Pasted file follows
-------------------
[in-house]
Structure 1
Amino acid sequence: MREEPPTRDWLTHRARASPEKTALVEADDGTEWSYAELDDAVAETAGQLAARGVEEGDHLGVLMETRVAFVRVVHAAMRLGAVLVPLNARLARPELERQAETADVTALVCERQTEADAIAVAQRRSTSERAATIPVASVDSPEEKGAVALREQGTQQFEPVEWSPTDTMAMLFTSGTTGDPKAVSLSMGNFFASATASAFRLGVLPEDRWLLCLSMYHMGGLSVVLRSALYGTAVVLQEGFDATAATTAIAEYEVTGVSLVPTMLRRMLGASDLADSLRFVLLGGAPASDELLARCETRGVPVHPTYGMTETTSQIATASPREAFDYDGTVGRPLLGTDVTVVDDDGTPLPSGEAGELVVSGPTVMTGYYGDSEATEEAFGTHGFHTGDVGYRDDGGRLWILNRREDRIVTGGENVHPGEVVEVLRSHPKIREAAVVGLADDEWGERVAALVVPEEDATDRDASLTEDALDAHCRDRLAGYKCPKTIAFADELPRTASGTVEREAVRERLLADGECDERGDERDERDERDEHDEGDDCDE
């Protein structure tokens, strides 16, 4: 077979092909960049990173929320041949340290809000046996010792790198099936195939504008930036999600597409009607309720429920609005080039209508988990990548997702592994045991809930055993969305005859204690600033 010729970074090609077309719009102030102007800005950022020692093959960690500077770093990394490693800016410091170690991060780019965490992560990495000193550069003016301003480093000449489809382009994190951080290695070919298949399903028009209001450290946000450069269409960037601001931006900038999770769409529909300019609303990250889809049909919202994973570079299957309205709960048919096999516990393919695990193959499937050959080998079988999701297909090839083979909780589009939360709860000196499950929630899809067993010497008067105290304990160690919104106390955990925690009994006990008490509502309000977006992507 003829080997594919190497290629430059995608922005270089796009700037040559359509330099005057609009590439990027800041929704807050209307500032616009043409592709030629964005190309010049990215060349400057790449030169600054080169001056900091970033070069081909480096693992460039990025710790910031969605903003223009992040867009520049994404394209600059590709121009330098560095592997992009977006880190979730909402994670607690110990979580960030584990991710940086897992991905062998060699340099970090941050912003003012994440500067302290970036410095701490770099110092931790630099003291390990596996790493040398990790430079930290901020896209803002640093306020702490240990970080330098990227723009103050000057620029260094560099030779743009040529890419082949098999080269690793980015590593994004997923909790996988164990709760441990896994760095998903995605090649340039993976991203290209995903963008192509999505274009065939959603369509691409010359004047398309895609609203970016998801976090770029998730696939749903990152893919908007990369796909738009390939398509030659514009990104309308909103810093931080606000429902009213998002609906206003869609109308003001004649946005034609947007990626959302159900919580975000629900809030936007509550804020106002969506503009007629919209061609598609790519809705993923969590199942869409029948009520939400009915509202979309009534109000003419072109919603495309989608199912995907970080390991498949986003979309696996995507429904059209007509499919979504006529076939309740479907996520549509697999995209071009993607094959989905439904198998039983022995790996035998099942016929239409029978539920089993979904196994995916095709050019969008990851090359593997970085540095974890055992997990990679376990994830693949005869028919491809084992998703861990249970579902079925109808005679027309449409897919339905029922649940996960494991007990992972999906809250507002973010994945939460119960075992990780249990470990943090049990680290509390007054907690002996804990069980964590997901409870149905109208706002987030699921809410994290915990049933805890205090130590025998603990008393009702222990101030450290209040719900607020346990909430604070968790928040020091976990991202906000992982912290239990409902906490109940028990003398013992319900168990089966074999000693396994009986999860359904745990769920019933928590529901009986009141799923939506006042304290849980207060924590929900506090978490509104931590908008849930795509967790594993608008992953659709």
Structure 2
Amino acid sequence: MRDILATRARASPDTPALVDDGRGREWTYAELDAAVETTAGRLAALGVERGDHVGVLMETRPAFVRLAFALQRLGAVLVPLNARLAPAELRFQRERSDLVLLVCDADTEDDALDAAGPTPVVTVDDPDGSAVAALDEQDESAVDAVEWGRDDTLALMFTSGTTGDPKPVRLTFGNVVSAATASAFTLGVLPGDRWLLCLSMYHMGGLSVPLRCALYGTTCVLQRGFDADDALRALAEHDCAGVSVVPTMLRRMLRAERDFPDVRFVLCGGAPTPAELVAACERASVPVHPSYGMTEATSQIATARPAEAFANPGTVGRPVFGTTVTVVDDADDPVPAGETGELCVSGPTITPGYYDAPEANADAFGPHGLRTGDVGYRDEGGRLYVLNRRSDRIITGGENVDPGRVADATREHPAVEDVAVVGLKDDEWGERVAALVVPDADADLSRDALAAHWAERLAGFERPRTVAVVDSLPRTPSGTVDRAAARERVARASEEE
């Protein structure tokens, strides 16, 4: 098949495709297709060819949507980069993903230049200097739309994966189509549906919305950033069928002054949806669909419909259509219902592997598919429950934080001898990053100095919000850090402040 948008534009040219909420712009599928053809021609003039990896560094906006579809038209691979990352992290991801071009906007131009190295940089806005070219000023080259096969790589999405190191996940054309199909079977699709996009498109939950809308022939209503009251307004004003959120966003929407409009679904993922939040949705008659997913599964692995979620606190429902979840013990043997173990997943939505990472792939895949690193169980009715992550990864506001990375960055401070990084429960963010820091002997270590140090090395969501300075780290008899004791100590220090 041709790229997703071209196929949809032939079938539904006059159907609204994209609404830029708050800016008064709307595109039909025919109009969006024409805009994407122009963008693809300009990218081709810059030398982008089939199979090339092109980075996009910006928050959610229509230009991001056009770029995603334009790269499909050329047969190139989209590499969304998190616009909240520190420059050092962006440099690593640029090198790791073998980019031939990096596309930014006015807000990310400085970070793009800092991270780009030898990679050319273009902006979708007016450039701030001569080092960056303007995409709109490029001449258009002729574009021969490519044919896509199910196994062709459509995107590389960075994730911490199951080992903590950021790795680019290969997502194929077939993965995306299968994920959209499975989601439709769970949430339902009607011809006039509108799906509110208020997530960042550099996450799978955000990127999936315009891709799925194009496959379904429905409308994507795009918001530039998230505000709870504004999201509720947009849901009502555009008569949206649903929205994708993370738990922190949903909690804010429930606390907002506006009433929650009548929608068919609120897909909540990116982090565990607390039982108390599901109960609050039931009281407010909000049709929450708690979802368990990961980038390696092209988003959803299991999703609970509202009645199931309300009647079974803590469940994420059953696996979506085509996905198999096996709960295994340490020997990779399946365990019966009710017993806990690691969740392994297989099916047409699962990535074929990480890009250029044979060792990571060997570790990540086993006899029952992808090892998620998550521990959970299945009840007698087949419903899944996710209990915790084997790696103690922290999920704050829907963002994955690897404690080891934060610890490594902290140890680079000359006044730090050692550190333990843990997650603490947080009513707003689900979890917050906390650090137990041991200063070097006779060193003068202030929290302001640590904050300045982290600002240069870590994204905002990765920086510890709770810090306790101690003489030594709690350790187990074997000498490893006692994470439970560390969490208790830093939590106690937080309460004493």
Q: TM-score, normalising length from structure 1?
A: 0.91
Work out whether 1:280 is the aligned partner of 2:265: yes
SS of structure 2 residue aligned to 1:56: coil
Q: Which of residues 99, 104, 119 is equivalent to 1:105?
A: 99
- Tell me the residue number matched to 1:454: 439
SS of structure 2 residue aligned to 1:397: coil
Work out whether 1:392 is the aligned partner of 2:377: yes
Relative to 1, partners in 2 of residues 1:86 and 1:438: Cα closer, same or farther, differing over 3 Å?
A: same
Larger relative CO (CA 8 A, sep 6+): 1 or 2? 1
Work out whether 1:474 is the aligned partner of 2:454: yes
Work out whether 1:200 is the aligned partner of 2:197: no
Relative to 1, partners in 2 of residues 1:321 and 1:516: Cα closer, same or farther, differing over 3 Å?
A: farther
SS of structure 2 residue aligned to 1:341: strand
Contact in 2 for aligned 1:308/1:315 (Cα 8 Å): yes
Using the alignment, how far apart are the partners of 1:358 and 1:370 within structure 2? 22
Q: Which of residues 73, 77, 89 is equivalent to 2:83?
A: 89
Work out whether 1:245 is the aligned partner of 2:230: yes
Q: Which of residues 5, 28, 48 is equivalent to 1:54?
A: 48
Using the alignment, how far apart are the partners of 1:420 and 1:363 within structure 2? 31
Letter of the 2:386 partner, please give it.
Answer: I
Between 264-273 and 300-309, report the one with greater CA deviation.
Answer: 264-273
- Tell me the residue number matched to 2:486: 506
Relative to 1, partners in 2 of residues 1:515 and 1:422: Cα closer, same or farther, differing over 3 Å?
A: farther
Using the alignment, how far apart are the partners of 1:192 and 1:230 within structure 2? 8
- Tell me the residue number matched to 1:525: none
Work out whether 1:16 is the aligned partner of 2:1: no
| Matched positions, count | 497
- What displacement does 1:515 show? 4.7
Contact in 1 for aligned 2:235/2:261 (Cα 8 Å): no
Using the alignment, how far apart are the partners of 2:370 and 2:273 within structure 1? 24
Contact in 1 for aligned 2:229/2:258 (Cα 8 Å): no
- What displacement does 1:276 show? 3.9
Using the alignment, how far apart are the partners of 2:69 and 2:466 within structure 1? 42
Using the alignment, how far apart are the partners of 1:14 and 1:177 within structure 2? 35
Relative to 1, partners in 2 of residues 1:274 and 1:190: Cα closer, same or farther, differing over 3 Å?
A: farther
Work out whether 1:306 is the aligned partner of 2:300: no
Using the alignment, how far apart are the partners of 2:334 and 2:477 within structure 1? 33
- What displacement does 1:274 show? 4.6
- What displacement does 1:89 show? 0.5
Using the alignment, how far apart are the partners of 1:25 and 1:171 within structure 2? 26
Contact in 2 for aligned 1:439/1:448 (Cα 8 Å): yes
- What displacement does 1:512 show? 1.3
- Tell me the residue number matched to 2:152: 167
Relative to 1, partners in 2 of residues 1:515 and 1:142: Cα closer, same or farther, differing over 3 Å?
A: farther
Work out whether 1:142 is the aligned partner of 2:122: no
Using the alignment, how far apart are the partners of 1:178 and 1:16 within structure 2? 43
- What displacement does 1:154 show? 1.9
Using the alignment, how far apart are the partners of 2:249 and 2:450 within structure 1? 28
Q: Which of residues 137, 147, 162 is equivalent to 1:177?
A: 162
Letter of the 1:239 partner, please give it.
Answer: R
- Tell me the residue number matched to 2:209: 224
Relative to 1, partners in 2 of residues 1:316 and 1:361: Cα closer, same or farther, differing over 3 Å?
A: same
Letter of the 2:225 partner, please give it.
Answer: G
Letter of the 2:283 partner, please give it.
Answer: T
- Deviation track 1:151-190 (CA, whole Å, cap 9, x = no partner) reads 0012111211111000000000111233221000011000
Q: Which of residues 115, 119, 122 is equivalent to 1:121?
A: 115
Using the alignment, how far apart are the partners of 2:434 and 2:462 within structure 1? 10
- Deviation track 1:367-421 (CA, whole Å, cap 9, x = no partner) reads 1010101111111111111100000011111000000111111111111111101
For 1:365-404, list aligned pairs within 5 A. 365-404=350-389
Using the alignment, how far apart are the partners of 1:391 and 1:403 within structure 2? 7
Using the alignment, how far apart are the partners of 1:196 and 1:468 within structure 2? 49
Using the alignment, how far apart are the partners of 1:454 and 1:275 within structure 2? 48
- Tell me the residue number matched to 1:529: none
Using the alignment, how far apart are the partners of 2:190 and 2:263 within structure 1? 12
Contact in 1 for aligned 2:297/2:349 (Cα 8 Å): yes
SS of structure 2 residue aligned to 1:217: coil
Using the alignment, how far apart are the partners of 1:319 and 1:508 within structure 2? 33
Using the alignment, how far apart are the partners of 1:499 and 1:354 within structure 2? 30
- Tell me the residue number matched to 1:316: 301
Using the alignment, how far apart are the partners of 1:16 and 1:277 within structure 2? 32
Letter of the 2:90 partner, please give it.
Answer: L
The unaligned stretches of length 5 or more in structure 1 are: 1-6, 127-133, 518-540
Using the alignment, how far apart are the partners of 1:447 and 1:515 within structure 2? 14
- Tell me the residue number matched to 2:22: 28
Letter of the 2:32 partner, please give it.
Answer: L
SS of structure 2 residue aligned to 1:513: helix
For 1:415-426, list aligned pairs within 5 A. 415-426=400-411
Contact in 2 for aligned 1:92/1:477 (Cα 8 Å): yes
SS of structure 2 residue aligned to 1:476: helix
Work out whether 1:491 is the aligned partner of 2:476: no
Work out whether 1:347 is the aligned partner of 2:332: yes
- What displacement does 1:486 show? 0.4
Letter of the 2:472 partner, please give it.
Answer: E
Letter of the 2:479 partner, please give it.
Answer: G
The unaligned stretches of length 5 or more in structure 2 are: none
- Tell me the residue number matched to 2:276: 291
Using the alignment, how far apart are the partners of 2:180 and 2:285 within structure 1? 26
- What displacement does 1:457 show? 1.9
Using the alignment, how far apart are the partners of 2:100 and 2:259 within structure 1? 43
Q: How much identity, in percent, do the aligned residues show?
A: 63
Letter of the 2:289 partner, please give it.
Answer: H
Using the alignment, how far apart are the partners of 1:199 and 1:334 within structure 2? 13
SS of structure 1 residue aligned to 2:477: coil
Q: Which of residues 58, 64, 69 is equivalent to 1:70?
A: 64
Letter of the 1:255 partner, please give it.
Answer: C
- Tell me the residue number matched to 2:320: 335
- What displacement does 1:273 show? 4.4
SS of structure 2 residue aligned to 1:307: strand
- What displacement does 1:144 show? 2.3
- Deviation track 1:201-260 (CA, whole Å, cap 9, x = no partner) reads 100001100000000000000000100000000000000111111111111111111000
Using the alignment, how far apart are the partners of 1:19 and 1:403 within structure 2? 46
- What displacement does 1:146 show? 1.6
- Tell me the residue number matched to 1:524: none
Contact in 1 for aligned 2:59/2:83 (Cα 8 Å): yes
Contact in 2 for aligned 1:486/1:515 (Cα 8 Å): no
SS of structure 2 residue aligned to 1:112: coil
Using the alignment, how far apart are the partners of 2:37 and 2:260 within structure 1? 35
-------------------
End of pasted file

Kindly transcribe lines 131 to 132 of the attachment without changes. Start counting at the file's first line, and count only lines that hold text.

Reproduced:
- What displacement does 1:144 show? 2.3
- Deviation track 1:201-260 (CA, whole Å, cap 9, x = no partner) reads 100001100000000000000000100000000000000111111111111111111000